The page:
Visit to Mauna a Wākea and Pu`uhonua Pu`uhuluhulu

Associate Professor of Social Work, Dr. Peter Mataira, recently traveled to Mauna a Wākea as part of his ongoing work on community sustainability and the advancement of indigenous place-based education. Dr. Mataira was accompanied by Dr. Peter Hanohano, Executive Director of the World Indigenous Nations University - Hawai`i Pasifika (WINU-HP) and Vice-Chancellor of the World Indigenous Nations Higher Education Consortia (WINHEC), along with visiting Professor Jolan Hiesh, from the National Dong Hwa University, Taiwan. The trip was an opportunity to gain first-hand understanding of the significance of the mountain's sacredness, the intergenerational transference of cultural practices, the importance of Kapu Aloha as a framework for reconciliation, and to learn about the impact of the TMT on sovereign rights. 

Since the arrest of several kupuna, July 17 on the access road, the trauma and despair mobilized local, national, and international support and solidarity for the kia`i (the Protectors). The establishment of Pu`uhuluhulu University, a medic center, Na Leo Support Services, and other amenities including a kitchen and recycling center, according to Dr. Hanohano, show just how sophisticated native communities are, as they build from the sacred foundations of their cultures. The visit was memorable in two ways; first, to witness the Aloha and resolve of Kanaka Maoli to seek justice, and second, to be in the presence of a majestic mountain whose life-force transcends our very existence.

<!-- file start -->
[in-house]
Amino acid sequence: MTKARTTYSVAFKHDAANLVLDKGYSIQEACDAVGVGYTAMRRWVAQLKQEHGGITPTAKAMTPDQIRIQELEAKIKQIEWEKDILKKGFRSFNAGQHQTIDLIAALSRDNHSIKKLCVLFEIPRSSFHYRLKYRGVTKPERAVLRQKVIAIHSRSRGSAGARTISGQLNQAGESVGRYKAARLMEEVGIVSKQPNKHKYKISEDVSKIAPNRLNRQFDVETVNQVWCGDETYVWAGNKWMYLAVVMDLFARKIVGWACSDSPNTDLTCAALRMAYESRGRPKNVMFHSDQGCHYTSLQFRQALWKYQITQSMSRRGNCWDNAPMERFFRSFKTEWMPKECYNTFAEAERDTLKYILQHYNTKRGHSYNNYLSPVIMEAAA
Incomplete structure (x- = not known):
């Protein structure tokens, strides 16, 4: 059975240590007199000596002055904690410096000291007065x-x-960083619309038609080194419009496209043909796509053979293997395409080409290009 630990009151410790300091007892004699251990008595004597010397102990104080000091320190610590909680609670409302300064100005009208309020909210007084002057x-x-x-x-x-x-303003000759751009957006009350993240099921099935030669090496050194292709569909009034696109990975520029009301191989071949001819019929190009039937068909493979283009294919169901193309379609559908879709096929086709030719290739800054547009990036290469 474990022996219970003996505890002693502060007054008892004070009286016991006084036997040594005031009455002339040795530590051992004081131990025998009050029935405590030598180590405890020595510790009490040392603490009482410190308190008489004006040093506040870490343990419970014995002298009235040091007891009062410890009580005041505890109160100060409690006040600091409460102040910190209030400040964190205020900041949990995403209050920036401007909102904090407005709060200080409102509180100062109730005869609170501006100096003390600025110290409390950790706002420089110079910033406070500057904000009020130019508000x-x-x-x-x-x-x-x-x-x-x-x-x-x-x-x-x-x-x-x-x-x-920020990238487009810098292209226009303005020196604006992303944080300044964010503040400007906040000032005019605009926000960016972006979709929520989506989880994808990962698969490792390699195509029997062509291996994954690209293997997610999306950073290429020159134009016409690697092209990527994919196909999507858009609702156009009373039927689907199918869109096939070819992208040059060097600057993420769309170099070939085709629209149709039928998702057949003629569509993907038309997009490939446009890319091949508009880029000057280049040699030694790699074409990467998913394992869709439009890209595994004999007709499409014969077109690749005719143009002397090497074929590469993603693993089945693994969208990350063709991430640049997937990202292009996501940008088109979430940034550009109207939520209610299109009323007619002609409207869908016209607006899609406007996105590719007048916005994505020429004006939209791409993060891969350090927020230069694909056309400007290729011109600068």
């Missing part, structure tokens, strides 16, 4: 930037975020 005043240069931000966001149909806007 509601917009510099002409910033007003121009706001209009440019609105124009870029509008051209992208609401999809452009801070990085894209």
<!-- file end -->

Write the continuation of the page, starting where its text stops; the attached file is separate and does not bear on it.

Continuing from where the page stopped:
Pictured above from left to right: Shadrach Hanohano and partner Leilani Fagner with daughter Meleana Hanohano (front); Dr. Peter Hanohano (WINU-HP); Peter Mataira, School of Social Work, Hawai`i Pacific University; Mahealani Ahia, Coordinator of Pu`uhuluhulu University and UH Manoa doctoral student; and Dr. Joal Hiesh, visiting Professor, National Dong Hwa University, Taiwan. 

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